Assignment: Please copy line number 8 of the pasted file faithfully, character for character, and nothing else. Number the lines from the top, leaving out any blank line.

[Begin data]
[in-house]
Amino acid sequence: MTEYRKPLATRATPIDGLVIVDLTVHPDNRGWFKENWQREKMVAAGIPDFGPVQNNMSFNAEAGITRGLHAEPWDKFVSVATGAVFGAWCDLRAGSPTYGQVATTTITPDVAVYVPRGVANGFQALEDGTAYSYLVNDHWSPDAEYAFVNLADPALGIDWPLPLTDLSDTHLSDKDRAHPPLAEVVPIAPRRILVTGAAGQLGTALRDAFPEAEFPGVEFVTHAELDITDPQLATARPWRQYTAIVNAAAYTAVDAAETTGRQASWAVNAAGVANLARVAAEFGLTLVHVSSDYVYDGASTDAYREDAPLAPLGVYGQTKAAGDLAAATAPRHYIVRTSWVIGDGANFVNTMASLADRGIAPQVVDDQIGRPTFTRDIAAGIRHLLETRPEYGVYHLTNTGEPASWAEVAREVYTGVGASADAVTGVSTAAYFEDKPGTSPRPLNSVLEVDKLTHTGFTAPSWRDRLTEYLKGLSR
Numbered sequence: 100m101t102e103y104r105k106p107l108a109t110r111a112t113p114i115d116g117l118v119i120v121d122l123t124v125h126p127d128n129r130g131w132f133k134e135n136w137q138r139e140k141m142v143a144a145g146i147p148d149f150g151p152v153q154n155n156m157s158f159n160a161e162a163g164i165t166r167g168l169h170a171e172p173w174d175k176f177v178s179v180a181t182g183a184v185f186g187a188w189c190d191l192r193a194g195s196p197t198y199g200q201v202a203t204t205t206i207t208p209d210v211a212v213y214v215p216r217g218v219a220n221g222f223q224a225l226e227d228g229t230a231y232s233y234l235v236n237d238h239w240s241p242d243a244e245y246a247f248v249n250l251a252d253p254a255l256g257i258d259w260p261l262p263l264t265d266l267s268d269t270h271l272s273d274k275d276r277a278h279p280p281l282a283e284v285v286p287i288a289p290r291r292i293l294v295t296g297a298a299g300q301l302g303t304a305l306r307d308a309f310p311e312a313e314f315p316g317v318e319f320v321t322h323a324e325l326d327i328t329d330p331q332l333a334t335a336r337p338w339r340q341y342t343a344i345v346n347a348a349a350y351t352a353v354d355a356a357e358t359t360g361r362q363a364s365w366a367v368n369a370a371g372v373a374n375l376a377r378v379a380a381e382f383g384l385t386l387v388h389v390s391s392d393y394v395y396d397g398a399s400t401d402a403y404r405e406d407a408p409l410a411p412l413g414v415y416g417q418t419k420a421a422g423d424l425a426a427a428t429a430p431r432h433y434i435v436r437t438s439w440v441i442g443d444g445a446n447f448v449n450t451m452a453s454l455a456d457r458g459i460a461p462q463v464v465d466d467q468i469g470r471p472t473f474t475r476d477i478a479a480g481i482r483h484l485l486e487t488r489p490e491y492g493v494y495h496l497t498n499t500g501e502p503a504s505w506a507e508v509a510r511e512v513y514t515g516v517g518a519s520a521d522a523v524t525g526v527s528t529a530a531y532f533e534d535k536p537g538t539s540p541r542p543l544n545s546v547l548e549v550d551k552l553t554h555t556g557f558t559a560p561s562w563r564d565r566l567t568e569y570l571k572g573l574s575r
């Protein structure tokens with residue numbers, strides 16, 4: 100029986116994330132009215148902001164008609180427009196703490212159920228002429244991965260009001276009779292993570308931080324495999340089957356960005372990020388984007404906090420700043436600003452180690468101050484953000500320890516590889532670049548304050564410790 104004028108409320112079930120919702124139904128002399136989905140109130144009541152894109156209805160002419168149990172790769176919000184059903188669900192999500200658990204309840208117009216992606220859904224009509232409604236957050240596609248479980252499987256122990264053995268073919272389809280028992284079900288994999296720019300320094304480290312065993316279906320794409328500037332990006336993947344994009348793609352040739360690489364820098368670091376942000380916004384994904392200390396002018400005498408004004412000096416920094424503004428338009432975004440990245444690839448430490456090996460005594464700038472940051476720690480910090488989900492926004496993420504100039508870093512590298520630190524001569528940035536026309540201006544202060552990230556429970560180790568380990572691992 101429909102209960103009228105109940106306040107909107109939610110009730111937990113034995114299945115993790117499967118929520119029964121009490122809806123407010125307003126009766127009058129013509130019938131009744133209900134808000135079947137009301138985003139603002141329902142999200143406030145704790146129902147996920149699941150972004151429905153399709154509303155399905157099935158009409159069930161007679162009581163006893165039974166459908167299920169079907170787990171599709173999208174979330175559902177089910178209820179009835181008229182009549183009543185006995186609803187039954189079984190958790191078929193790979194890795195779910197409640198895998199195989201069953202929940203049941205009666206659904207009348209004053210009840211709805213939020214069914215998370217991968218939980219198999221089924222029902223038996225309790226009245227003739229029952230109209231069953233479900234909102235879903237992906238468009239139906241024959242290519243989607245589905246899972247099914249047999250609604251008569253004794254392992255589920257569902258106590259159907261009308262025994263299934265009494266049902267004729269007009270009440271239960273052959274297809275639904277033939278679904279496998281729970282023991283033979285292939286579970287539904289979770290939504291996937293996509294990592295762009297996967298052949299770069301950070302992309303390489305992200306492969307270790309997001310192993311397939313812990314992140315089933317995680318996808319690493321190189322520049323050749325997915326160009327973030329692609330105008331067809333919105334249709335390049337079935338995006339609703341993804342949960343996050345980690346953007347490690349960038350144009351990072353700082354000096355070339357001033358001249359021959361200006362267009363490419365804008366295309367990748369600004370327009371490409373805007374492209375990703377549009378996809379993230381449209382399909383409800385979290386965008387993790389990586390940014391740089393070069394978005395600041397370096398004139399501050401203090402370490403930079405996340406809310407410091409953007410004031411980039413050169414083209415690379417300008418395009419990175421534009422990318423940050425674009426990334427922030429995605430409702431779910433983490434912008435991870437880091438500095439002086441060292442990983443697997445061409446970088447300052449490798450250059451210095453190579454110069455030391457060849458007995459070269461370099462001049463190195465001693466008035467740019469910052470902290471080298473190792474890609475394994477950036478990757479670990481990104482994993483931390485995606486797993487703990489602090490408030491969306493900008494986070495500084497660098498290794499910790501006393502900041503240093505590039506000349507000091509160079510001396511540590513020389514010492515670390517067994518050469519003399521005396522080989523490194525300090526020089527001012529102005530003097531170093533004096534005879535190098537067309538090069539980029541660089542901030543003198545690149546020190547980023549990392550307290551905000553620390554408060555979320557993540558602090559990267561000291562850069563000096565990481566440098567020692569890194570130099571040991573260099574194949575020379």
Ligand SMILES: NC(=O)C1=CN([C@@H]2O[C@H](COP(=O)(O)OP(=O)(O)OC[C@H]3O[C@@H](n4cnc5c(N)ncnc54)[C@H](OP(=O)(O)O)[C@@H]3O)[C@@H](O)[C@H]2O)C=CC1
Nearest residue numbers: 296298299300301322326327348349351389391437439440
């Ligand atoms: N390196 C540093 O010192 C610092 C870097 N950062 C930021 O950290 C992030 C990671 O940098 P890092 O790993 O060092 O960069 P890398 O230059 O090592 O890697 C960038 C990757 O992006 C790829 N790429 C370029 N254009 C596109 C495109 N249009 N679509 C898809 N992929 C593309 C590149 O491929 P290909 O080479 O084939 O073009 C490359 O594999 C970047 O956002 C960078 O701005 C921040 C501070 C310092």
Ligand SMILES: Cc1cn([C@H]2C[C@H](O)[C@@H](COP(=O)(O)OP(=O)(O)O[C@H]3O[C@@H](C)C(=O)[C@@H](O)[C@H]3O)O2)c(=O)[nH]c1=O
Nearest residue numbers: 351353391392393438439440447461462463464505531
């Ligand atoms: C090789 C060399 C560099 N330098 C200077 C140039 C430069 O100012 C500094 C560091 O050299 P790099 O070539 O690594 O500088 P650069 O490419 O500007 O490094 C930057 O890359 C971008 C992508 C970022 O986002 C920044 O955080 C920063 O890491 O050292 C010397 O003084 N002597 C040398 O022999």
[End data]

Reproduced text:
Ligand SMILES: Cc1cn([C@H]2C[C@H](O)[C@@H](COP(=O)(O)OP(=O)(O)O[C@H]3O[C@@H](C)C(=O)[C@@H](O)[C@H]3O)O2)c(=O)[nH]c1=O